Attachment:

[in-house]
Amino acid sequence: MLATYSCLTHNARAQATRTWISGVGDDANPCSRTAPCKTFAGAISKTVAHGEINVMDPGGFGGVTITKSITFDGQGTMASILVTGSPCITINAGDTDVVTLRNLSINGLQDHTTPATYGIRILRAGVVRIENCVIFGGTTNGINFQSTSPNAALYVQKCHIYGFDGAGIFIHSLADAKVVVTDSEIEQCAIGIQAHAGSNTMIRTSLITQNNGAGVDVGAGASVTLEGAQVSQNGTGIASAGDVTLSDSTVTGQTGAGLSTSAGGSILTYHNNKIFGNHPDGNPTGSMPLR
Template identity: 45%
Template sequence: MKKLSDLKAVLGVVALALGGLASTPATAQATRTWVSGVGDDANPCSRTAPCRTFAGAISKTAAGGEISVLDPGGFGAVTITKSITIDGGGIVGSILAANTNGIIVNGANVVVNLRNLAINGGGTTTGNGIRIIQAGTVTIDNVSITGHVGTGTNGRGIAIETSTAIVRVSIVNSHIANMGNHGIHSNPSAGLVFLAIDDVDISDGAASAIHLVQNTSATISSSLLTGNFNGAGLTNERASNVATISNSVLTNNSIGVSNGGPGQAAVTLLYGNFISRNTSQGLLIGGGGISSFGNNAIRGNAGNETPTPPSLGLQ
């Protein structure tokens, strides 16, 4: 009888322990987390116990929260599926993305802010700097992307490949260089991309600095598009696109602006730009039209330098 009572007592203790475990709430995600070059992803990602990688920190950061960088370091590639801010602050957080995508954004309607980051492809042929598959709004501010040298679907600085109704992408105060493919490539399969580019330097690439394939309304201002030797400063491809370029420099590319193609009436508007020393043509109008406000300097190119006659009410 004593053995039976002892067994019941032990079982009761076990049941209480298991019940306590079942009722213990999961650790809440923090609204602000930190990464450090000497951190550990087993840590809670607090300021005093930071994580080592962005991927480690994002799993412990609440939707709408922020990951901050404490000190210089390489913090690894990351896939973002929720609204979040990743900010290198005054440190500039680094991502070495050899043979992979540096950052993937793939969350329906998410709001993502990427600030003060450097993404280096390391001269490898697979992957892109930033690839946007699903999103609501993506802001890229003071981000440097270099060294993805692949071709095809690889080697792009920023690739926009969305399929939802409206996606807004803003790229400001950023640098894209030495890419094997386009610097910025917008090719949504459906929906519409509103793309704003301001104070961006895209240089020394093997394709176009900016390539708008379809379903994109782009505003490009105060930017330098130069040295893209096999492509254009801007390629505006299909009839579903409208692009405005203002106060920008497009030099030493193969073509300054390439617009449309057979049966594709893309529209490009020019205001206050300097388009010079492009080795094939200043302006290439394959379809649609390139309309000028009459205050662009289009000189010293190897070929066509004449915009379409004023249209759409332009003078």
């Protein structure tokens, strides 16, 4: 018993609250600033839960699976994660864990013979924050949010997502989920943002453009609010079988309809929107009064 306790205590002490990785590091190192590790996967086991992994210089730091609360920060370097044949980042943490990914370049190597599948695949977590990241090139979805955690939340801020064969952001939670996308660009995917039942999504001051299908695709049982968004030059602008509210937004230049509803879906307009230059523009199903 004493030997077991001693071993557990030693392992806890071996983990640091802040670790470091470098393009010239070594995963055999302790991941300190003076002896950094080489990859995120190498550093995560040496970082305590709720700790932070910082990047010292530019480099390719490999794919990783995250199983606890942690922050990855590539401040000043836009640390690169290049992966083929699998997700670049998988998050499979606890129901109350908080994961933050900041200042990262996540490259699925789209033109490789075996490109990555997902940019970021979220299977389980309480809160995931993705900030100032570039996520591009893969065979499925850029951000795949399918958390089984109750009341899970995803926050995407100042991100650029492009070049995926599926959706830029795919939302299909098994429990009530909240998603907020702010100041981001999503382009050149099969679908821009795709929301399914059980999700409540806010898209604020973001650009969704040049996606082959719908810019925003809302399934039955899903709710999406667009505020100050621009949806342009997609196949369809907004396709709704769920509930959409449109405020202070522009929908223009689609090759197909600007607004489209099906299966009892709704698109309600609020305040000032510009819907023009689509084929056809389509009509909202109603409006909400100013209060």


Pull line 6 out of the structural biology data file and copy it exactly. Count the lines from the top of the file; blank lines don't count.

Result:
């Protein structure tokens, strides 16, 4: 018993609250600033839960699976994660864990013979924050949010997502989920943002453009609010079988309809929107009064 306790205590002490990785590091190192590790996967086991992994210089730091609360920060370097044949980042943490990914370049190597599948695949977590990241090139979805955690939340801020064969952001939670996308660009995917039942999504001051299908695709049982968004030059602008509210937004230049509803879906307009230059523009199903 004493030997077991001693071993557990030693392992806890071996983990640091802040670790470091470098393009010239070594995963055999302790991941300190003076002896950094080489990859995120190498550093995560040496970082305590709720700790932070910082990047010292530019480099390719490999794919990783995250199983606890942690922050990855590539401040000043836009640390690169290049992966083929699998997700670049998988998050499979606890129901109350908080994961933050900041200042990262996540490259699925789209033109490789075996490109990555997902940019970021979220299977389980309480809160995931993705900030100032570039996520591009893969065979499925850029951000795949399918958390089984109750009341899970995803926050995407100042991100650029492009070049995926599926959706830029795919939302299909098994429990009530909240998603907020702010100041981001999503382009050149099969679908821009795709929301399914059980999700409540806010898209604020973001650009969704040049996606082959719908810019925003809302399934039955899903709710999406667009505020100050621009949806342009997609196949369809907004396709709704769920509930959409449109405020202070522009929908223009689609090759197909600007607004489209099906299966009892709704698109309600609020305040000032510009819907023009689509084929056809389509009509909202109603409006909400100013209060």